These arrangements are being pursued as part of the AUKUS security pact, announced last September to much fanfare and controversy – at least to those in Paris. While it advertised to the world that Anglosphere nostalgia lingers with corrupting influence, it left the government of Emmanuel Macron seething.
The AUKUS agreement effectively scuppered France’s own submarine contract via the Naval Group with the Australian government. The original agreement to build 12 diesel-powered attack class submarines, valued at AU$90 billion caused moments of salivation in Paris. French military industry would, or so it was thought, be raking in the cash and prestige.
But even before its termination, the doomed contract already looked like submerging without a trace. There were the predictable delays. There were questions about when the submarines would be operational, by which time they would be obsolete. Then came squabbles over the intellectual content of the project, which was, primarily speaking, a French rather than Australian matter.
For Beijing, AUKUS merely confirmed suspicions that Washington, Canberra and London were keen on encircling a boisterous rival in the Indo-Pacific. As Professor Li Haidong of the Institute of International Relations of China Foreign Affairs University put it, “The US is using the same approach employed to contain Russia in Europe after the Cold War to contain China in the Asia-Pacific region.” To that end, the United States was “building a NATO-like alliance in the region, with AUKUS at its core, and the US-Japan and US-South Korea alliances surrounding it”.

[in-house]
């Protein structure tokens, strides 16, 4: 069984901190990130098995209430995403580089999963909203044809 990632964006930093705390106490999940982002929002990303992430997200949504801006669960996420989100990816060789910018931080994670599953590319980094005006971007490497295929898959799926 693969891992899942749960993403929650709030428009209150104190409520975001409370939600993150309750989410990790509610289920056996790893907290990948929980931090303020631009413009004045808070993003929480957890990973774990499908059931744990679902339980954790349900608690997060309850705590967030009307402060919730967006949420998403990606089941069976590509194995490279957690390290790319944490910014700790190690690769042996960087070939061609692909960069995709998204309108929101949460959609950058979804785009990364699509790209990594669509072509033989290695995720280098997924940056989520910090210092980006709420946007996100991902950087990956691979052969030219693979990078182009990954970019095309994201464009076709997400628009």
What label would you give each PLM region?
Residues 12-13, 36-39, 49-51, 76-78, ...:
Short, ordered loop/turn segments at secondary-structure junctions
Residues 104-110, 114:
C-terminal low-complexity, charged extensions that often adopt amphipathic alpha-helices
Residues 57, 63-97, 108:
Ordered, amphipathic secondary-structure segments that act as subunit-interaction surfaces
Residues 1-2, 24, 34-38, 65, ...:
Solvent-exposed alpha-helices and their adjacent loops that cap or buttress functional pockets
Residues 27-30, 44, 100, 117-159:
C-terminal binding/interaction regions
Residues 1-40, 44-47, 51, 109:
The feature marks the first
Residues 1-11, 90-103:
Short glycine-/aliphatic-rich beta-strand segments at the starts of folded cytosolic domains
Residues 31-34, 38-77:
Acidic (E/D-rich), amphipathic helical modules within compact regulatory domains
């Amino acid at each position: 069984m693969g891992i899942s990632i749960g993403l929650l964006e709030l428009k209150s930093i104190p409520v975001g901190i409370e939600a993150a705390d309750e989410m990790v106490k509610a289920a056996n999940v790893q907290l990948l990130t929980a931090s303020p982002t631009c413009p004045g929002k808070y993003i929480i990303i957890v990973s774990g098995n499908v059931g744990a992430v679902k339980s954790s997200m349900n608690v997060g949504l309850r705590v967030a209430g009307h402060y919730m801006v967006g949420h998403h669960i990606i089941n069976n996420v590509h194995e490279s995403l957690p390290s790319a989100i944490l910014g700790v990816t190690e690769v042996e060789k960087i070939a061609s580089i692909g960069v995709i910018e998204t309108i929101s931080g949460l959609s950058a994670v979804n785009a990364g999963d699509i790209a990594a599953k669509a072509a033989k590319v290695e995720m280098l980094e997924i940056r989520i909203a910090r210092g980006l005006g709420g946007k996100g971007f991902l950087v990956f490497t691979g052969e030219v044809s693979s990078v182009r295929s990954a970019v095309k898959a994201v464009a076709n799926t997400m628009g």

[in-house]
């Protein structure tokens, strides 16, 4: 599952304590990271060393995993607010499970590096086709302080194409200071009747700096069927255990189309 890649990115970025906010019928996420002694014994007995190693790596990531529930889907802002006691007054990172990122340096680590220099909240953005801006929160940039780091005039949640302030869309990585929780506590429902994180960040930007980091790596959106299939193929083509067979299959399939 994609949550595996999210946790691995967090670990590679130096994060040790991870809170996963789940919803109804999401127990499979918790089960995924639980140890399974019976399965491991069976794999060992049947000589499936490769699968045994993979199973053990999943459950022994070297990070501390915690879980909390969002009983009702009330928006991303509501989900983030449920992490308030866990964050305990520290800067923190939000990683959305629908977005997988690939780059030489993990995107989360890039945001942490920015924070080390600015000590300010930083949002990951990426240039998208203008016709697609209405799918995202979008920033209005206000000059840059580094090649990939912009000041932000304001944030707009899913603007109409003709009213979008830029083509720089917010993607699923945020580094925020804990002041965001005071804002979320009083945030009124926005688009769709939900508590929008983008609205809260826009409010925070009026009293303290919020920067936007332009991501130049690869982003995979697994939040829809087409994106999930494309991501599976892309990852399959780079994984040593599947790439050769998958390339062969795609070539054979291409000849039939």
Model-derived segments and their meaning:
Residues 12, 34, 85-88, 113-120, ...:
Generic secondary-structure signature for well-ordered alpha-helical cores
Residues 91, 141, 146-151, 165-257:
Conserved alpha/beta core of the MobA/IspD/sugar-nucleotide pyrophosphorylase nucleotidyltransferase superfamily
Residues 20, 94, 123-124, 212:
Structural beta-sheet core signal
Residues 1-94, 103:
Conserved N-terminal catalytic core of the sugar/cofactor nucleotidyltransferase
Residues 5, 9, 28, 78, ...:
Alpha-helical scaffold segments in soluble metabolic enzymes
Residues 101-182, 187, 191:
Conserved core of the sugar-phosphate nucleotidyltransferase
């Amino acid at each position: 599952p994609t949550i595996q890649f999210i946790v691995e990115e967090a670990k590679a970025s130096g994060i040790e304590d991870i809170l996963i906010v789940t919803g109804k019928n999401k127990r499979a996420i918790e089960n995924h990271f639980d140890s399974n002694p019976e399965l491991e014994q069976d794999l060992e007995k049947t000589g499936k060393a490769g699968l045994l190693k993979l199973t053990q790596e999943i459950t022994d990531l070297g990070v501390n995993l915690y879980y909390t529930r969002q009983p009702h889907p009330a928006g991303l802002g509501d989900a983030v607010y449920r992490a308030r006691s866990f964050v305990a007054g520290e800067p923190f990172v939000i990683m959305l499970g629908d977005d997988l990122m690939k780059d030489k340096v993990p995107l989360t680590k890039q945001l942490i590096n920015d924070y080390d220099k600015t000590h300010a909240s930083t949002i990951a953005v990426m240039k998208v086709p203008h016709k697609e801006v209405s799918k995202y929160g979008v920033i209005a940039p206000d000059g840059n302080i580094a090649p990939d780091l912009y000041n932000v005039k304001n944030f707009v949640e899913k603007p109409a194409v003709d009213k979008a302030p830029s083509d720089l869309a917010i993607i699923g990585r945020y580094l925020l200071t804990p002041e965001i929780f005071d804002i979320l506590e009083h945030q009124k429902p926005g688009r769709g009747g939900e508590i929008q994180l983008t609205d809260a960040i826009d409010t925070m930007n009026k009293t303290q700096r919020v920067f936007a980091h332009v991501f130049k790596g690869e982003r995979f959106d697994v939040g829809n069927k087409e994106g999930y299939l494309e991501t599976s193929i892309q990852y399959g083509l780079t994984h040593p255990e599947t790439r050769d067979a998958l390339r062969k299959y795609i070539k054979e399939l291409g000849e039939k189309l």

The AUKUS alliance continues Australia’s idiosyncratically disturbed approach to submarine policy. The mutilated French design was a monster without teeth: a nuclear blueprint with its nuclear propulsion removed in favour of diesel power. The AUKUS proposal is not much better, being yet another mangle that contemplates the expenditure of AU$116 billion on a fleet of eight submarines. In whatever form it takes – and the question is serious enough – the submarine in question will have nuclear propulsion without nuclear weapons, a situation manifestly absurd and unlikely to last long.
The balance sheet of this enterprise is a poor one, and risks becoming more wretched. Tangibly, AUKUS has shown Australia’s diplomacy to be subservient and shoddy, alienating its European Indo-Pacific ally while also being laughed at by the United States. (President Joe Biden showed much contrition to Emmanuel Macron by suggesting, disingenuously, that the Australians should have told France earlier.)
Even if these plans firm up in time for electoral exploitation, it will not clarify when these beasts of the sea will actually emerge from the cocoon of the imagination. In decades, the armchair strategists and naval cocktail circuit will be feasting over other prototypes and ways to burn money from the public purse. The Australian nuclear-powered submarine will be a comical relic, the butt of many a joke.